Since 1997, the Presbyterian Church (U.S.A.)’s Church Leadership Connection (CLC) has served as the denomination’s online matching and referral system, bringing together call seekers and calling organizations with complementary skills and interests to serve the leadership needs of Christ’s church.

A lot has changed in the past 16 years.

“The needs of today’s church are more complex than when the system was first launched,” said the Reverend SanDawna Gaulman Ashley, coordinator for Leadership Development and Church Leadership Connection in Vocational Ministries, part of the newly formed Mid Council Ministries team in the Office of the General Assembly. “We are attempting to make the call process more efficient as we aim to address the needs of a changing denomination.”

Recognizing the need to bring the system up-to-date, the 219th General Assembly (2010) initiated a comprehensive revision project calling for “a process to evaluate the current call system of the Presbyterian Church (U.S.A.) and bring recommendations back to the 220th General Assembly (2012) for changes that will shorten the length of time during which a church seeking a pastor is ordinarily without an installed pastor” (Minutes, 2010, Part I, p. 248 of printed Journal, p. 477 of electronic Journal).

The new system—which will not only help to expedite the call process, but will also ensure more compatible matches—will launch on August 1, 2013.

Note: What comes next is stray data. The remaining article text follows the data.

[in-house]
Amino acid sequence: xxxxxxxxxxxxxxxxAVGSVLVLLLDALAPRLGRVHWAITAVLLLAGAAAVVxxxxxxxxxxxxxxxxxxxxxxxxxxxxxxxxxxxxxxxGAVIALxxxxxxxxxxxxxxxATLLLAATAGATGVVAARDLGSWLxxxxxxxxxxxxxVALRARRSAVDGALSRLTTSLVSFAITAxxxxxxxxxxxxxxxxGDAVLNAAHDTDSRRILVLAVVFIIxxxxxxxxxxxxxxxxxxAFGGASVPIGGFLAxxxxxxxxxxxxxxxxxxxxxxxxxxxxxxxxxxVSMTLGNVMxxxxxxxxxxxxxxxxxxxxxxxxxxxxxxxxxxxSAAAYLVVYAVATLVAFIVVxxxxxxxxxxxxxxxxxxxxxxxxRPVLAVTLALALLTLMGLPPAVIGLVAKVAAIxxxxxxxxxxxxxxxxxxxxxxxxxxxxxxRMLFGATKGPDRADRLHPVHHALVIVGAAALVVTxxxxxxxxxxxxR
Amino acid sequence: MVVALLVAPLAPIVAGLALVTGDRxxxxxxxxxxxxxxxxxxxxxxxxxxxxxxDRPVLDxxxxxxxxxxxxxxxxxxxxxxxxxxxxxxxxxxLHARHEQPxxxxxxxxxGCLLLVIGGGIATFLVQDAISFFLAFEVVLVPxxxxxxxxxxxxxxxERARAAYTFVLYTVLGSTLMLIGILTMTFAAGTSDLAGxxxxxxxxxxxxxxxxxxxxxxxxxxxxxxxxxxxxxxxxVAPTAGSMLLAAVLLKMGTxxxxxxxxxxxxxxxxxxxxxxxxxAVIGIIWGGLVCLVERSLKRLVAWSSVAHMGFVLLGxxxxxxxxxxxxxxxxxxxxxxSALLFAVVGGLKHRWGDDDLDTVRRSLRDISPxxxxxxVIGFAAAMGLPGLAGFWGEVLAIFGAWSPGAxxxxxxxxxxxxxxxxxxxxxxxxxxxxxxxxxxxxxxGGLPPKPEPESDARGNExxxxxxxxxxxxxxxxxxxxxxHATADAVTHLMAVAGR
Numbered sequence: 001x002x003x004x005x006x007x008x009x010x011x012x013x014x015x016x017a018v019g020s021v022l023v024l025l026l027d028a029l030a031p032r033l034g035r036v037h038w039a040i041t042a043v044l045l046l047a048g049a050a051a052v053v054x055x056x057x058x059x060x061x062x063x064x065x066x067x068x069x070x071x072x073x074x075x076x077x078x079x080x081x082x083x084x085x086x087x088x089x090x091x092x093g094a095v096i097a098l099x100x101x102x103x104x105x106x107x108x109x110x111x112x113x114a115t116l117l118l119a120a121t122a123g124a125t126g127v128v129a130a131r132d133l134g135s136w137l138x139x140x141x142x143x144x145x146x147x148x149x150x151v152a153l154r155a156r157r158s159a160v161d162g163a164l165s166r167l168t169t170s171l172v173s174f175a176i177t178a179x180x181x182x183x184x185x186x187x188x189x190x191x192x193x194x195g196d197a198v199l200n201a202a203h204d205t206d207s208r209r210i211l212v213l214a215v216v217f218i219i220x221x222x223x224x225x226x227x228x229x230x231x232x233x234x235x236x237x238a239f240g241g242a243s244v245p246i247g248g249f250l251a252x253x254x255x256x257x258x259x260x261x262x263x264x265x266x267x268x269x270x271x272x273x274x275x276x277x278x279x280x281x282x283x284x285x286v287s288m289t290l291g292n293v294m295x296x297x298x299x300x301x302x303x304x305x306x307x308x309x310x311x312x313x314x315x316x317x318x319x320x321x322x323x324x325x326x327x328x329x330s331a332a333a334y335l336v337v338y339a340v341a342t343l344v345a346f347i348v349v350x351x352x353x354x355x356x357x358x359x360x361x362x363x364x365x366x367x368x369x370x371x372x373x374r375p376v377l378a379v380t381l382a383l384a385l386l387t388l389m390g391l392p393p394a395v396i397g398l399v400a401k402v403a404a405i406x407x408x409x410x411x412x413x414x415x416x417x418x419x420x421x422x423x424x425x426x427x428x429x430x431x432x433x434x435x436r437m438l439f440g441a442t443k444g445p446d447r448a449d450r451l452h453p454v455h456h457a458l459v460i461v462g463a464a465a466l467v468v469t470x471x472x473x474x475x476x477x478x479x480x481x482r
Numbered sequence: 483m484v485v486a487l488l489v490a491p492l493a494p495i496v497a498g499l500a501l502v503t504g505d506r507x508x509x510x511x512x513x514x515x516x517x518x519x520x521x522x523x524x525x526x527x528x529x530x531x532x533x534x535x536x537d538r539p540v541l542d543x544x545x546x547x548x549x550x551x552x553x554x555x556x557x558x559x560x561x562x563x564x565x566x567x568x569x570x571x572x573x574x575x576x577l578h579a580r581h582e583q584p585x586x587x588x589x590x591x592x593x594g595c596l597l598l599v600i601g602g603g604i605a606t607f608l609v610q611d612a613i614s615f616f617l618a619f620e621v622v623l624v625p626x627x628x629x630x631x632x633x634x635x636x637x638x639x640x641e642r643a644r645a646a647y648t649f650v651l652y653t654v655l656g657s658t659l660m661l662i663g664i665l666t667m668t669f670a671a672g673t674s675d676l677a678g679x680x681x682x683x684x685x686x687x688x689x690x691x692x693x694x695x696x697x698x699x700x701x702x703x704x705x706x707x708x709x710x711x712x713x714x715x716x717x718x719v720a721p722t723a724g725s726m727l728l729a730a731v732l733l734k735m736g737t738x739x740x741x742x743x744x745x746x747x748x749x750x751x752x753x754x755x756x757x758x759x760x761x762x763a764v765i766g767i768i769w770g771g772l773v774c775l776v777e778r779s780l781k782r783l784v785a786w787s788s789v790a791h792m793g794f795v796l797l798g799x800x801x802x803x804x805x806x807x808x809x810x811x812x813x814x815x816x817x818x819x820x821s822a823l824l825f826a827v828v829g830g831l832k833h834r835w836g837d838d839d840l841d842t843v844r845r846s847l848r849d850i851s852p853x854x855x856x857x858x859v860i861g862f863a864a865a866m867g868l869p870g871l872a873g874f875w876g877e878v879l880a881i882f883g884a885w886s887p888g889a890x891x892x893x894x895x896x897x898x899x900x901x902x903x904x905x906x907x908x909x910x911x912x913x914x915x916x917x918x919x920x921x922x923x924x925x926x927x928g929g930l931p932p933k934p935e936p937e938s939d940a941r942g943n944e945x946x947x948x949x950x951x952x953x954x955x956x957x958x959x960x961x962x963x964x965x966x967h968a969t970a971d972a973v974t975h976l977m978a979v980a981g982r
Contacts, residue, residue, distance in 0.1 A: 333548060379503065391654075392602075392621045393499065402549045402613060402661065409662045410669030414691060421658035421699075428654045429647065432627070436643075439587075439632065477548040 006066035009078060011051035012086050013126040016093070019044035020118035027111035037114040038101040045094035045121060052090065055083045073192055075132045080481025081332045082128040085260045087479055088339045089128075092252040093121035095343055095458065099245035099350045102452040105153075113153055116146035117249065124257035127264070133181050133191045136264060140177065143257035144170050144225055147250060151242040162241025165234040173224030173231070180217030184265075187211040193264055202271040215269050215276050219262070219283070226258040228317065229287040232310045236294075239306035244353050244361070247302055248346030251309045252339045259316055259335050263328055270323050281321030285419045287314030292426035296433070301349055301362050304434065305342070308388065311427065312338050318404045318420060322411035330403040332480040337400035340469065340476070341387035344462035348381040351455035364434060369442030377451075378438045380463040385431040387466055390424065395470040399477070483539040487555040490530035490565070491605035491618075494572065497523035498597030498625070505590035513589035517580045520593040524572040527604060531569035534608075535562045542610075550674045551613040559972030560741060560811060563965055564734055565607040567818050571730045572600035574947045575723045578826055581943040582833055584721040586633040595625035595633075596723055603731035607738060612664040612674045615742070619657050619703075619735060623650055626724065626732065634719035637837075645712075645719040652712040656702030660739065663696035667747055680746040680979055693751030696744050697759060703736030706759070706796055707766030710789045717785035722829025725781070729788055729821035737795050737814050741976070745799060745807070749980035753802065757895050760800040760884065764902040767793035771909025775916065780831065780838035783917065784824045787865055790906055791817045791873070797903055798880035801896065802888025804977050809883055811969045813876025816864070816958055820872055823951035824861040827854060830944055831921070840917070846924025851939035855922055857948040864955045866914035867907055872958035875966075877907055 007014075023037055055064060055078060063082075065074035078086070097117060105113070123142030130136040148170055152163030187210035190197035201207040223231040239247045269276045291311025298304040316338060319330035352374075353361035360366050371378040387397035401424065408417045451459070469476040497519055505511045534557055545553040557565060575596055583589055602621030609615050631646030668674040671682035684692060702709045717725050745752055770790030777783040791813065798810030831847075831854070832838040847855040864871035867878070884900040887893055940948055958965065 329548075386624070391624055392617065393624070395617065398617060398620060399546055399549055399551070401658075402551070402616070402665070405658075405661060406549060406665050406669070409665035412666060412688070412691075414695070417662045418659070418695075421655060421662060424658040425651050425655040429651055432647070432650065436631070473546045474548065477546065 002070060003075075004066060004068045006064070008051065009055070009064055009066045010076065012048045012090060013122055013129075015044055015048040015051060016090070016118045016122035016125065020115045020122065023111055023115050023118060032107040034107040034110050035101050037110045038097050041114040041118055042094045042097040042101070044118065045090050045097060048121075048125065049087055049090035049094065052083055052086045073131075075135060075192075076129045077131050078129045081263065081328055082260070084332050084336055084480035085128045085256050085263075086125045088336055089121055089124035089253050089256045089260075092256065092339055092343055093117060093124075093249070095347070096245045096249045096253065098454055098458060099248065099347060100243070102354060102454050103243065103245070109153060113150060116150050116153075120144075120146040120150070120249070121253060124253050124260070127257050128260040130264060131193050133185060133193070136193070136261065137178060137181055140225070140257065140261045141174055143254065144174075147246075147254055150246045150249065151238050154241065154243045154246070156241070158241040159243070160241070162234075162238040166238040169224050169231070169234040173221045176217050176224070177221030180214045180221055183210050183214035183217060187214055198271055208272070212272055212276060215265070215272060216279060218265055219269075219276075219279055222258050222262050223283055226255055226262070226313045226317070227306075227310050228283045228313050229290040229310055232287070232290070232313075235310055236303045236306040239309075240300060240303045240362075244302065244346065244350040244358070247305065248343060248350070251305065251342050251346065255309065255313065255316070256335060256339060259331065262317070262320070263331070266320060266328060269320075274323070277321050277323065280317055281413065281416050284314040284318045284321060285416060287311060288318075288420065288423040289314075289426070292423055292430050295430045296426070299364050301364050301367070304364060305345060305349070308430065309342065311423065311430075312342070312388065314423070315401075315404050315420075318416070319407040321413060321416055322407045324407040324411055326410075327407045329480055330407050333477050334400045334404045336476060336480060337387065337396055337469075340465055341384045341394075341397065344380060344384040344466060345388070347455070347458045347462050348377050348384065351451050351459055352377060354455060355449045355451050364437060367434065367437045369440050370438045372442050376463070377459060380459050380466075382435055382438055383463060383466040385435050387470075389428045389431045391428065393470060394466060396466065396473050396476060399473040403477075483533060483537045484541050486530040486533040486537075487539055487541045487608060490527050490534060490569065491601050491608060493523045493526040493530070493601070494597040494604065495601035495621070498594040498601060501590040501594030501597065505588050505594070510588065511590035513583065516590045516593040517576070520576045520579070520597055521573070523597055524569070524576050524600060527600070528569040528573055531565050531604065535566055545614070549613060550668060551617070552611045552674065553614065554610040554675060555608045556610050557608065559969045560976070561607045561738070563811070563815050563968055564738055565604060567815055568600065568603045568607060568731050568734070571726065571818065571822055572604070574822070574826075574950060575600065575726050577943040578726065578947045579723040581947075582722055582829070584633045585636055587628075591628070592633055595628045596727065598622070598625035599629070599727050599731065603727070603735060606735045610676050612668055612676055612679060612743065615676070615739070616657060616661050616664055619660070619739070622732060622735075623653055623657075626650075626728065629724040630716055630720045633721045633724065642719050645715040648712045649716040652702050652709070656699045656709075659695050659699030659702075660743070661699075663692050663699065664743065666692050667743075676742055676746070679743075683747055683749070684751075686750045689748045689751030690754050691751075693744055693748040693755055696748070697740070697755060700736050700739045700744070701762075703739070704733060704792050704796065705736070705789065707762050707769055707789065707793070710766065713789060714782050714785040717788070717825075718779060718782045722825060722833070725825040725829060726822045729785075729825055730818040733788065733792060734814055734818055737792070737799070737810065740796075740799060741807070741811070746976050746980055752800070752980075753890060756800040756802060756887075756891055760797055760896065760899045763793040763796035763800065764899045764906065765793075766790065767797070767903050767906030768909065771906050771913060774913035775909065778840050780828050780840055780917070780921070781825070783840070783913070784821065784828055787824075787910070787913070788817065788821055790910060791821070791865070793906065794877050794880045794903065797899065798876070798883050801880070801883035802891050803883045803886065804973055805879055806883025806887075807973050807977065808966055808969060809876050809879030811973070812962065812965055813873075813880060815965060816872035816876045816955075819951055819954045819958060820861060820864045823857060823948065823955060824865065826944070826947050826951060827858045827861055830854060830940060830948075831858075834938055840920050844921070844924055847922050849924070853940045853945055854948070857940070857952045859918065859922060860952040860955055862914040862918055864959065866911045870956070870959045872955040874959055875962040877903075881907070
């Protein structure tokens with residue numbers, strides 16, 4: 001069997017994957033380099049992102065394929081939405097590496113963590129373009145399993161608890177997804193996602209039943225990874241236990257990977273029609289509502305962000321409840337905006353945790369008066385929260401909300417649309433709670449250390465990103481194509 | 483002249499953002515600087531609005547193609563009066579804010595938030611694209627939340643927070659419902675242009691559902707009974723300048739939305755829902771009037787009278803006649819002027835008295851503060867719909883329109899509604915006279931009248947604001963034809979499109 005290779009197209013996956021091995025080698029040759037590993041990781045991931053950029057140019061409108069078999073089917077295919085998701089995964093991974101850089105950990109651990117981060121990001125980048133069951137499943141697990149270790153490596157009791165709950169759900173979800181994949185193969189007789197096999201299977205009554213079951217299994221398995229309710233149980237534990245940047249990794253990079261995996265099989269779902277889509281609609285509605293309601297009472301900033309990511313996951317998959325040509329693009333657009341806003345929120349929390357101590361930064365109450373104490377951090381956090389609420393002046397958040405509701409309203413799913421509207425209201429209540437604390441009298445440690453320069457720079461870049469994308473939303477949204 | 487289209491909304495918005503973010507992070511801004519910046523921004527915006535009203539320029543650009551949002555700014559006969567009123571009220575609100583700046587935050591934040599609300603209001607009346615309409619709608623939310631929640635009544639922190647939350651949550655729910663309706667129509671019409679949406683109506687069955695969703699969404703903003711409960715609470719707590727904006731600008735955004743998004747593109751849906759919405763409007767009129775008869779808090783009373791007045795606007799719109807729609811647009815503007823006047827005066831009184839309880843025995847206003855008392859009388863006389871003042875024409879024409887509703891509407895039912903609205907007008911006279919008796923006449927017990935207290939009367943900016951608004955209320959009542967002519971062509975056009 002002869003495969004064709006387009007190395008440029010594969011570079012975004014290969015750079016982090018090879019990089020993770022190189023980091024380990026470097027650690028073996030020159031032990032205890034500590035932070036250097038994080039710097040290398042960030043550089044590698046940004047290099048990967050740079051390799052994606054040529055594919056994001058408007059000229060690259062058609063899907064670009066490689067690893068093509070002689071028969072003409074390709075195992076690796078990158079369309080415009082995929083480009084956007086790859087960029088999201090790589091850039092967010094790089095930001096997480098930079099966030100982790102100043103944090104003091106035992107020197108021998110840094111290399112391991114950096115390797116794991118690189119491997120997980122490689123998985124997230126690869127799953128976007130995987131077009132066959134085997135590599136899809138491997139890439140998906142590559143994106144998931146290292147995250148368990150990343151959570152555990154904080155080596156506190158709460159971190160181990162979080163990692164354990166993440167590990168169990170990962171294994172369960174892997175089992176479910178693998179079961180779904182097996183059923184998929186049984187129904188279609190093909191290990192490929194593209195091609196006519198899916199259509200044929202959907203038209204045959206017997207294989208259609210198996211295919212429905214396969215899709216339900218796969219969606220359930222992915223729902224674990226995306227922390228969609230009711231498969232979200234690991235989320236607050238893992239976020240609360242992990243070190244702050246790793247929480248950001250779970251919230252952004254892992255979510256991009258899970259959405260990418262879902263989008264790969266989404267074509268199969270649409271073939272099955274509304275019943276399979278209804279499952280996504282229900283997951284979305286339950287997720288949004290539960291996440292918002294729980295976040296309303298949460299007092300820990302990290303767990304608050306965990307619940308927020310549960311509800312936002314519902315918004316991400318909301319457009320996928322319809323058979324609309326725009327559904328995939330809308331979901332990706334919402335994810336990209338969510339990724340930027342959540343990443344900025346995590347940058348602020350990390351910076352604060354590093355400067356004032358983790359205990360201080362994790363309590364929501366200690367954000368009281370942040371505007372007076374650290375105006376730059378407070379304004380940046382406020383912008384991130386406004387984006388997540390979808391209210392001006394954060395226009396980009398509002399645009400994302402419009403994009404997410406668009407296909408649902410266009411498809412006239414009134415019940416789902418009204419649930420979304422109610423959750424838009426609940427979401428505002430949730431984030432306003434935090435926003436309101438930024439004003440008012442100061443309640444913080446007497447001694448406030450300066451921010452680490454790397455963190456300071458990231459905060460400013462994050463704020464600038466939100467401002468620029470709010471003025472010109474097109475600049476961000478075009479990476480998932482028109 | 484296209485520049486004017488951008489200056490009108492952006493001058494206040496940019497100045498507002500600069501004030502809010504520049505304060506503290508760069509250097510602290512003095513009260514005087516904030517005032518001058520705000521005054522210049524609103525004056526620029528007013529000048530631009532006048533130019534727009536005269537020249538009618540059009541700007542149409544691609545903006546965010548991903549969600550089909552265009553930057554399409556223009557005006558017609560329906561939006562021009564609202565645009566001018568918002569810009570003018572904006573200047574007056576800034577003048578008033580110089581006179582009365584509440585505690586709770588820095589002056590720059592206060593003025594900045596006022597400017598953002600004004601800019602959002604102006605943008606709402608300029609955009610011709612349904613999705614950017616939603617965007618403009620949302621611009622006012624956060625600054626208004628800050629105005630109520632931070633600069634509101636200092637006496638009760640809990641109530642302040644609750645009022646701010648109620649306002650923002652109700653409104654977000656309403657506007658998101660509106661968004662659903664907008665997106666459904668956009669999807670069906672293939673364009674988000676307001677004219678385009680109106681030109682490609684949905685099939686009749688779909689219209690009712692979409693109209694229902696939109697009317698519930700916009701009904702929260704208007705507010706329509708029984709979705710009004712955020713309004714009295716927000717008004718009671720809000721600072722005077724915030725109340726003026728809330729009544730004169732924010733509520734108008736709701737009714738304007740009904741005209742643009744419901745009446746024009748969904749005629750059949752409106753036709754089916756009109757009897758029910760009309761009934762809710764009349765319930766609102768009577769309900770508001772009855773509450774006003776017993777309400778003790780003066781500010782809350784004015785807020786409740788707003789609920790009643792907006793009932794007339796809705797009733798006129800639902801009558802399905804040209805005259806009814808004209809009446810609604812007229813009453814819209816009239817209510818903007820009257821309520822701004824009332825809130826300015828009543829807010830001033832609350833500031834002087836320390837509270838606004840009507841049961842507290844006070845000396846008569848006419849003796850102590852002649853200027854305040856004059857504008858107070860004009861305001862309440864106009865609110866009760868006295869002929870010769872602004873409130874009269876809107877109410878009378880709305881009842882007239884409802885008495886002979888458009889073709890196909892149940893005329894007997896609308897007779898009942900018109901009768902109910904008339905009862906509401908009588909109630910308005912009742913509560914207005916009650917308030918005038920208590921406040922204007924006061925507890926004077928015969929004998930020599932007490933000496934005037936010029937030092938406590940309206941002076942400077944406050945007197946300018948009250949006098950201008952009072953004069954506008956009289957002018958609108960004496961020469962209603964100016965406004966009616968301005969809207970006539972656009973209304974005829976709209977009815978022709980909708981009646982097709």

In accordance with the General Assembly’s directive, the CLC evaluation process was comprehensive, and included a series of listening sessions with study groups across the denomination as well as the collective wisdom of a special advisory committee.

Among the insightful requests that eventually led to the revised system, CLC users asked that the system provide greater flexibility for a wide variety of positions that do not fit the parameters of a “normal” pastoral position.

A number of constituents also expressed a desire for a call system that—rather than matching on preferences—would embody a more biblical theology of call, inviting seekers to be more intentionally open to the movement of the Spirit, knowing that God may call them to serve in roles and places they might not have imagined.

“Our first priority was to look at ‘fit’ and how to gain greater compatibility between calling organizations and call seekers,” Ashley said. “We also wanted to emphasize through the system the church’s openness to the sovereign activity of God in the call process. Our watchword and charge come from the prophet Isaiah, ‘Here am I, send me.’”

According to Ashley, the new system will allow for a narrative story to be told through a call seeker’s written responses. “The technology in the new system will also allow for greater matching criteria that will ultimately limit the number of Personal Information Forms (PIFs) that a search committee receives,” she added. “It will also ensure that referred PIFs are more compatible to the leadership needs of the church.”

Among the system’s new features, search committees will now have the ability to listen to sermons and review lesson plans prior to interviewing potential candidates. Using these features will save committees both time and money in their search process.

Because the forms previously used by CLC will not transfer to the new system, all calling organizations and call seekers who are currently in the search process have been advised by the CLC staff to complete their new PIFs and Ministry Information Forms (MIFs)—formerly known as Church Information Forms (CIFs)—as soon as possible. 

“Our team is excited about the changes and the ways they will benefit the church,” said Ashley.

For more information on the revised CLC system—including online tutorials designed to help users navigate the new system—visit the CLC website.